Second, the recent development of programmatic contract enforcement and trustless exchange with blockchain technology cannot substitute for judges and juries any more than an explicitly programmed Robocop can enforce cooperation upon a community. These developments can be extremely valuable, especially to the extent that they can relieve courts of the burden of cases where the mechanical application of a rule is sufficient. This may indeed be many cases, but it can in principle never be all cases. In this sense smart contracts, DAOs, and other programmatic contracts are a complement to, and not a substitute for, traditional contracts enforced by the judgment of a human mediator.4

Finally, the necessity of opaque decision rules to the maintenance of cooperation indicates why sacredness is such a central feature of human experience. Something sacred resists analysis, resists being broken down into its constituent concepts; it must be apprehended as a whole (cf. Rappaport 1971; Hayek 1952: 76). In contrast to the common perception of sacred values as inflexible, this resistance to articulation is precisely what creates space for prosocial strategy-switching.

It is no wonder, therefore, that attempts to analyze sacred concepts frequently provoke offense (Tetlock, et al. 2000). This reaction is especially familiar to economists, who are in the business of pointing out tradeoffs. It is, of course, valid to take an outside perspective on sacred values and point out that – for example – a human life can have a concrete opportunity cost that may not be judged worthwhile to bear, hence the much-maligned “value of a statistical life” (Simon et al. 2019). At the same time, economists ought to appreciate the functional role of sacred values in human cooperation. Particular sacred values may – and often should – be criticized and analyzed, but sacredness itself cannot be dispensed with or rejected as irrational.


  1. Their model is in the context of a dyadic Axelrod-contest, but generalizes straightforwardly to the N-person case.
  2. Such actions may, however, be justified post hoc in ways that bear no relation to the actual decision rule, which is inaccessible to conscious reflection (see Henrich [2016, ch. 7] for examples). This rationalization may nevertheless be important for the external legitimacy of a discretionary decision.
  3. The opaqueness of the processes behind “deep learning” neural network AIs (Knight 2017) – despite typically being seen as a problem (e.g. Park et al. 2017) – could in principle suffice. Of course, given that the legitimacy of punishment is the key constraint, an opaque algorithm is not likely to command much assent.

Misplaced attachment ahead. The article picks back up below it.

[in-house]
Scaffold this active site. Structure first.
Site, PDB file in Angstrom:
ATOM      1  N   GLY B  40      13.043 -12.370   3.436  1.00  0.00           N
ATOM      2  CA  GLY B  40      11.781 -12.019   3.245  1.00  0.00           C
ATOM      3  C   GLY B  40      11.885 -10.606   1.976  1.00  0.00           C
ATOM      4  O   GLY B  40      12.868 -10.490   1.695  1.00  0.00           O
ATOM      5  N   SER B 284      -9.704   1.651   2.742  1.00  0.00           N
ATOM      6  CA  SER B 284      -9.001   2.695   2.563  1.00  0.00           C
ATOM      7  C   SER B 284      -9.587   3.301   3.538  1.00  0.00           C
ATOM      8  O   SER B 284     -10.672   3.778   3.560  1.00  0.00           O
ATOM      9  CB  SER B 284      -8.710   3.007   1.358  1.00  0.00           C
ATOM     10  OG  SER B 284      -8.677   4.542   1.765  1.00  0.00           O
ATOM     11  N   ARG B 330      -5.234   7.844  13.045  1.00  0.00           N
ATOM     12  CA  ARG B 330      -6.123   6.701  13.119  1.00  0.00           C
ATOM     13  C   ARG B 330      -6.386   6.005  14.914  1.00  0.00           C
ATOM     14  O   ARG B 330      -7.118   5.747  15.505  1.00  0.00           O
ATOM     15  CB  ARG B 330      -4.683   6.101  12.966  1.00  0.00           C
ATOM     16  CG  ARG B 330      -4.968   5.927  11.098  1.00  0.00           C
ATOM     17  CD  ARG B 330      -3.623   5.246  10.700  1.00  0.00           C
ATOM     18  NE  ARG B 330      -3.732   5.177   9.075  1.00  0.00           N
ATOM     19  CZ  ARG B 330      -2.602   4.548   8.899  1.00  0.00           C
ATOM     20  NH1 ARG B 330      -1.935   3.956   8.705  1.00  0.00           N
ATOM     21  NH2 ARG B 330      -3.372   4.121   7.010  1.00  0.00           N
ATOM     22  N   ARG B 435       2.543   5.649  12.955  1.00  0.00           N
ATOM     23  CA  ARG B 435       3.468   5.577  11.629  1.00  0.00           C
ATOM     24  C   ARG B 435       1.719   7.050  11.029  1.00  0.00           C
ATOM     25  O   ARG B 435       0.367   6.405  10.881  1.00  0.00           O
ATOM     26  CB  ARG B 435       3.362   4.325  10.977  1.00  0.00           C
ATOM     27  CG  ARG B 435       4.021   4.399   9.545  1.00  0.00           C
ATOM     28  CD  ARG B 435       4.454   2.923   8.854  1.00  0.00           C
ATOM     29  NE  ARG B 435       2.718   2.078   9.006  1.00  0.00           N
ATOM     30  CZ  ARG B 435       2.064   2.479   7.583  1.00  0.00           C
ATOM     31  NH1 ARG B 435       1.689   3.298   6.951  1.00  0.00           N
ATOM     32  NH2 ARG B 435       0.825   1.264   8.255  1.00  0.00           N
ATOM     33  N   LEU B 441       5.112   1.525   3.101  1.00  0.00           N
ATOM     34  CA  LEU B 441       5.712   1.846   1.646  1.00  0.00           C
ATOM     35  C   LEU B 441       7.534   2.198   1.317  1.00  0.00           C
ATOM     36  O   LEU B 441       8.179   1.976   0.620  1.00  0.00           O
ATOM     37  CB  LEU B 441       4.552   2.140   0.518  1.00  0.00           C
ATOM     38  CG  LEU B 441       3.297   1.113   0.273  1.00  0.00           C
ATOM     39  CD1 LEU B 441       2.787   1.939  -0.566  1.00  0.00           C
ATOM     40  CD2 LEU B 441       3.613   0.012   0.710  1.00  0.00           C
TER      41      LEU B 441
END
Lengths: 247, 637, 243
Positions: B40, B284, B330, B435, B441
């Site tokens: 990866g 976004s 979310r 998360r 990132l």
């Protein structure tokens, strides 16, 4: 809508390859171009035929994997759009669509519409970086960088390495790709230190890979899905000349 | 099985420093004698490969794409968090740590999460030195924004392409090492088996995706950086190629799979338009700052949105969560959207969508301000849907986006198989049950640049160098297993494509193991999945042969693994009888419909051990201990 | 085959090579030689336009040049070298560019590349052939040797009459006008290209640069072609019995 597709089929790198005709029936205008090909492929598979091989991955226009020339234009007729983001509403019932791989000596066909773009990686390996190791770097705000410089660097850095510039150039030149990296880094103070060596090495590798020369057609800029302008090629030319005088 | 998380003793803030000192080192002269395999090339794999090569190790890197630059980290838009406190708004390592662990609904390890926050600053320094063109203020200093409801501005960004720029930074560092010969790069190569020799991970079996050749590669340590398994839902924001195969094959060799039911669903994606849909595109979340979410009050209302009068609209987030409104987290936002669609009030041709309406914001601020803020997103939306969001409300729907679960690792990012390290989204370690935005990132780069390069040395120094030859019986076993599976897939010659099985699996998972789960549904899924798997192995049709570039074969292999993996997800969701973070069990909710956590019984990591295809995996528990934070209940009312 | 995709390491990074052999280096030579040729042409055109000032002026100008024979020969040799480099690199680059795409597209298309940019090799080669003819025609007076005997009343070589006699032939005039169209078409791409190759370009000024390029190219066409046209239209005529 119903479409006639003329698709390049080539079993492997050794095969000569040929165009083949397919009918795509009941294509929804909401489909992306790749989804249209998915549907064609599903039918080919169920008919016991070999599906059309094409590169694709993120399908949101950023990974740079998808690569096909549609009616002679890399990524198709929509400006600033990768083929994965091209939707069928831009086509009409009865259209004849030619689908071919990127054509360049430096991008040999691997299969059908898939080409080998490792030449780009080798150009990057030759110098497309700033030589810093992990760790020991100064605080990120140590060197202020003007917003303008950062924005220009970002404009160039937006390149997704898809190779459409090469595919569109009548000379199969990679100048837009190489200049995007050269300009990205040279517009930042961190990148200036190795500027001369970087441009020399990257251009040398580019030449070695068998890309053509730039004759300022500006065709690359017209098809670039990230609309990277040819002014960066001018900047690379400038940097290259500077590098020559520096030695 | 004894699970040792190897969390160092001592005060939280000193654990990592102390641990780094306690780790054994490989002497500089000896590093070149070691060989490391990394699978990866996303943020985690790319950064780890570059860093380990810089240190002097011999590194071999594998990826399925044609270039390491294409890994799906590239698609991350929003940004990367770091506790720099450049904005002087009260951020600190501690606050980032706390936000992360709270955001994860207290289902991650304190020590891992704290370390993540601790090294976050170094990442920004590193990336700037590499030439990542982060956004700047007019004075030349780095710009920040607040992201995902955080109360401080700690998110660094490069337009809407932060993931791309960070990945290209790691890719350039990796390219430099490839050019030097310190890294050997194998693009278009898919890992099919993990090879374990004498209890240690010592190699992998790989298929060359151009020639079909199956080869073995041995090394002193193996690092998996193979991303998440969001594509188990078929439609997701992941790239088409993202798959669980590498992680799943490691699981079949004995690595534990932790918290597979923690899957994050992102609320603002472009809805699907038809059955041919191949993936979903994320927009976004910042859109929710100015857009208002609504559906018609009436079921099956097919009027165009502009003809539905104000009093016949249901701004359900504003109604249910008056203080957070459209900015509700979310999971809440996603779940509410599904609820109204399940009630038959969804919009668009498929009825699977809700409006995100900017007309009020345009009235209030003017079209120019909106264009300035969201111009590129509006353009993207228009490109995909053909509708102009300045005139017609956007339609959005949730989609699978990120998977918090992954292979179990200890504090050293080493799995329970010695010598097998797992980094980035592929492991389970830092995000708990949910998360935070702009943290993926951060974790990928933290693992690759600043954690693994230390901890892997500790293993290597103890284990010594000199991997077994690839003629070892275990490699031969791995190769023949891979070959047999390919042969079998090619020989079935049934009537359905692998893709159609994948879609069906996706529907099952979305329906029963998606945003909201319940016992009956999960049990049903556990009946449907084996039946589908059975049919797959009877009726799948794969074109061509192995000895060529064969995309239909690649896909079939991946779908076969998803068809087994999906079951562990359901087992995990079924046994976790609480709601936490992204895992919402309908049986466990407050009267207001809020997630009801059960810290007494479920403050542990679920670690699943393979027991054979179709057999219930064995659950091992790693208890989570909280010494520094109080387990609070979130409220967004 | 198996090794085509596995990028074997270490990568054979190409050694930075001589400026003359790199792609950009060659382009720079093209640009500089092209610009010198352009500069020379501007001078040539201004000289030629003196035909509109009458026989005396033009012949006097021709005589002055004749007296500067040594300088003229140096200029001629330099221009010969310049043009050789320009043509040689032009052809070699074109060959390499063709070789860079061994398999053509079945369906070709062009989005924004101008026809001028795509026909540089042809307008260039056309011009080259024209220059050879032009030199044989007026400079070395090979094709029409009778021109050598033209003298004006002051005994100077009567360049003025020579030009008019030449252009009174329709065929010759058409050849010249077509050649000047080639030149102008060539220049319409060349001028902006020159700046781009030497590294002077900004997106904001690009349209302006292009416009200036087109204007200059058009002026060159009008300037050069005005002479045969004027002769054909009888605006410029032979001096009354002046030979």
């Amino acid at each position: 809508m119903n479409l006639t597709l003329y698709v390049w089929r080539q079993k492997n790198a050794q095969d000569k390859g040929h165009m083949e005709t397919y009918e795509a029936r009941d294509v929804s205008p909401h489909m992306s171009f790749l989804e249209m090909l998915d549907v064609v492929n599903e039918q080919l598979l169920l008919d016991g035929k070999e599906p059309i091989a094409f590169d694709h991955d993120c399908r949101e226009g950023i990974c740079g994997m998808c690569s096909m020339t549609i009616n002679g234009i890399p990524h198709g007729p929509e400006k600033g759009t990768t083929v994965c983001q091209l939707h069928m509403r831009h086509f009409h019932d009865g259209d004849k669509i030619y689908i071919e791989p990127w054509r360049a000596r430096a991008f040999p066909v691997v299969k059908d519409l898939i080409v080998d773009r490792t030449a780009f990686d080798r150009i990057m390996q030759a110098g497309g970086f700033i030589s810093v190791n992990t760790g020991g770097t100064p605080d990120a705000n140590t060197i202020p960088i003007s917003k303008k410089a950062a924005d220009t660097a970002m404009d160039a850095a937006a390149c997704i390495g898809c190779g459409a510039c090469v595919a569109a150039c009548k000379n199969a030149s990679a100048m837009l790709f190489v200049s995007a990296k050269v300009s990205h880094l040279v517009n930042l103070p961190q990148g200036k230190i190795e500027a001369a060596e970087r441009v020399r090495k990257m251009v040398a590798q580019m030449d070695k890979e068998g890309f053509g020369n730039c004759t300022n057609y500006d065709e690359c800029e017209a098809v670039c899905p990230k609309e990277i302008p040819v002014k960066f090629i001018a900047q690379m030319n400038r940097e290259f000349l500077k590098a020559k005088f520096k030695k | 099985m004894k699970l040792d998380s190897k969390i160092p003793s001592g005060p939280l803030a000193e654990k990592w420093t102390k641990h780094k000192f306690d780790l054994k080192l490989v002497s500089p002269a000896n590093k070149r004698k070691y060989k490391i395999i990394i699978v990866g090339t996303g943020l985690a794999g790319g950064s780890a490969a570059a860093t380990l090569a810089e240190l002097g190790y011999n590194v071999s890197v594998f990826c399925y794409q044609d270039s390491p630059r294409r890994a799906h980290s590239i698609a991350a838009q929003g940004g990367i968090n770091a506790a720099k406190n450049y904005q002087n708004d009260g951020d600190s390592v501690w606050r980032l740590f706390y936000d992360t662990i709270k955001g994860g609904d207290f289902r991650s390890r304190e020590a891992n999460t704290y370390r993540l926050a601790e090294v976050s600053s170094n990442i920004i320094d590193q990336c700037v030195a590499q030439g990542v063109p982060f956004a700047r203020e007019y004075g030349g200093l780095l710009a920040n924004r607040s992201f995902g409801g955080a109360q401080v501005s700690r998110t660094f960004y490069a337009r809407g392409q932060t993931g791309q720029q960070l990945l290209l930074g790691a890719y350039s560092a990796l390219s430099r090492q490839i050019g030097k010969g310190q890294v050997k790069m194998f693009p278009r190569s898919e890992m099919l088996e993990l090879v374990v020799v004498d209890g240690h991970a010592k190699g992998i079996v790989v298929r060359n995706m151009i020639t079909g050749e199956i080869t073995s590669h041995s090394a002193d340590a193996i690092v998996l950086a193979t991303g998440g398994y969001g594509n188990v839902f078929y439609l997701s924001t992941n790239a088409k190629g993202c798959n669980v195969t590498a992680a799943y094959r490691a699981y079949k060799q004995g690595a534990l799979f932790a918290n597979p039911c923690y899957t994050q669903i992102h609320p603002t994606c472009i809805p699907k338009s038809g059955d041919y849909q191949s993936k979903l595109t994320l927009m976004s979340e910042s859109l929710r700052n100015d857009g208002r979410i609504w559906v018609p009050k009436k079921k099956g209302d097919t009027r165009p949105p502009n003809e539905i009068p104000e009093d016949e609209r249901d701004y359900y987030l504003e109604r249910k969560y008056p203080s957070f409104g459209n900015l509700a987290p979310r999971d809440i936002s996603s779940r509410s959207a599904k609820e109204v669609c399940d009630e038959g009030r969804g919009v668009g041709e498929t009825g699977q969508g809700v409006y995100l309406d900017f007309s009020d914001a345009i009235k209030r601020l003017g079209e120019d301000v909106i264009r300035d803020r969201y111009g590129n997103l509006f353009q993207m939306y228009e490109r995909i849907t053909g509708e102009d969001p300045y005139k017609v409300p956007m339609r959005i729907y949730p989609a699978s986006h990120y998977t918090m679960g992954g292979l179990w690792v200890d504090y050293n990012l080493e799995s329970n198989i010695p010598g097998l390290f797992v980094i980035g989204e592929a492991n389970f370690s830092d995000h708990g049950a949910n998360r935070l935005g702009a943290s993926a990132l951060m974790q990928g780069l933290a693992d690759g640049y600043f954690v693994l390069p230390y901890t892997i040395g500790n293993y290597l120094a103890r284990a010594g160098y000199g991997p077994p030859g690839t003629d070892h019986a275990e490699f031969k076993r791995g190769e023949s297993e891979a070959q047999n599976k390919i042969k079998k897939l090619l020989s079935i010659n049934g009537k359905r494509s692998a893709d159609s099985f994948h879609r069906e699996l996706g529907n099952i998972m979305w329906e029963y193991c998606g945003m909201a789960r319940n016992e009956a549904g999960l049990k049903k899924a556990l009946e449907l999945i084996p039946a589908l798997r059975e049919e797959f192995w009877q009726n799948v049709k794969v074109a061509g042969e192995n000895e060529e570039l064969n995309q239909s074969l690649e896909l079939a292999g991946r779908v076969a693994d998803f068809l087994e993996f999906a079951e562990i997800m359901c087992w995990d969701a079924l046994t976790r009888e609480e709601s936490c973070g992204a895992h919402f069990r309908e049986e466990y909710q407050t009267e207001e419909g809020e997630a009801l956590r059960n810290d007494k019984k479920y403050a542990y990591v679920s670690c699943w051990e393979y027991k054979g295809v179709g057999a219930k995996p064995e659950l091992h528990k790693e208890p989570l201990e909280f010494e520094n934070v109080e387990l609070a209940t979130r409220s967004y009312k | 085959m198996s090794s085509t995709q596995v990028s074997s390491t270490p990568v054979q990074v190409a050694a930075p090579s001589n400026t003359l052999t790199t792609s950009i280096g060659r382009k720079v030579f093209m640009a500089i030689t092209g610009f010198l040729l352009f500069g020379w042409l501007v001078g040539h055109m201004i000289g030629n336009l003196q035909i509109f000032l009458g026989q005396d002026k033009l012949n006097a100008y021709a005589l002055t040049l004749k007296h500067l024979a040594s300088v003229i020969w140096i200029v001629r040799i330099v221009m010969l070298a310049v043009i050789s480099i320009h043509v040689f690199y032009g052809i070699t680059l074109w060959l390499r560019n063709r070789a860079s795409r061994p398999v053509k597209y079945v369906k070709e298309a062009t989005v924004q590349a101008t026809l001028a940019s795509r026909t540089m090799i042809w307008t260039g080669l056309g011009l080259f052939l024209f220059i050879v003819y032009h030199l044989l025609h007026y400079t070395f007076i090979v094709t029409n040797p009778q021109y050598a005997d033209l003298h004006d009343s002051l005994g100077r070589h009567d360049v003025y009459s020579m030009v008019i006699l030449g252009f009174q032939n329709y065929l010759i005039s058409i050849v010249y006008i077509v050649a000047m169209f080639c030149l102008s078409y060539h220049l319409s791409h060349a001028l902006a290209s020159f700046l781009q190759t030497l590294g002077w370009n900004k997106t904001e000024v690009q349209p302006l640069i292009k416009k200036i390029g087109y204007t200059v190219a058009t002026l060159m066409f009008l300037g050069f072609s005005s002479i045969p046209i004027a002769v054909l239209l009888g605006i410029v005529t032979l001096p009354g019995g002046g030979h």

4. Harwick & Caton (2020) develops this argument at greater length. This argument does not preclude smart contracts as the technical scaffolding for the application of discretionary human judgment, on which see Lesaege & Ast (2018).


CooperationEpistemologyLawPolitical EconomyEdward PrescottF.A. HayekFinn Kydland


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  • 1


    May 24, 2018 at 12:36 | Reply

    Interesting. I guess in a way compares to letter if the law vs. Intent?

    • 1.1

      Cameron Harwick

      May 24, 2018 at 12:43

      I like that example, yeah; you could say that it’s never going to be possible to translate one for one between letter and intent.

  • 2


    May 24, 2018 at 15:19 | Reply

    Yes this is a nice analysis. It also chimes with my idea that norm/rule-breaking is often accompanied by a justification. Clearly not always, but in order for the rule-breaking to become accepted that ‘justification’ needs to be accepted. And hence rules-change, or existing rules become more permissive. (that is not really cheating, that is not really ‘speeding’.

    That being said I find the dichotomy itself somewhat unuseful. It is very hard to think of a pure rule or discretion situation. And in particular full discretion is an undesirable situation, because of the enormous uncertainty/ambiguity involved.

    • 2.1

      Cameron Harwick

      May 24, 2018 at 15:45

      Interesting connection, and probably explains a lot of the recent culture war conflict. A society that relies too heavily on explicit justifications will be defenseless against something like critical theory, a formula that can generate justifications for deviant behavior that comport with that society’s explicit moral intuitions.

      I agree rules/discretion isn’t quite a satisfying dichotomy; I thought about making a quadrant diagram with “rationally maximizing/not rationally maximizing” on one axis and “explicit/tacit” on the other. I think that would capture most of the use cases more precisely.

      Also agree that full discretion is undesirable. The standard rules vs discretion logic still holds; I’m just arguing that you can’t do away with discretion “in the breach”.

  • 3

    Yer colleague Tom

    Dec 09, 2020 at 23:53 | Reply

    I see this as being about the complete contracting problem, which you mention. New Zealand’s Reserve Bank Act of 1989 established a rule to keep inflation low, and balanced the benefits of discretion and commitment in this way: The penalty for inflation going outside the [0%, 3%] interval is that the head of the Reserve Bank is fired…

    ..unless the legislature acts to keep him/her.

    So the rule can be overcome by discretion, but there is a cost/barrier, so the rule still has some teeth.

    • 3.1

      Cameron Harwick

      Dec 10, 2020 at 22:37

      That’s a good practical example: “escape hatches” as a way to balance the benefits of rules with the necessity of discretion.

      Which leads straightaway to Schmitt’s problem of sovereignty: who decides when there’s a state of exception? Maybe there can be different sovereigns with respect to different rules?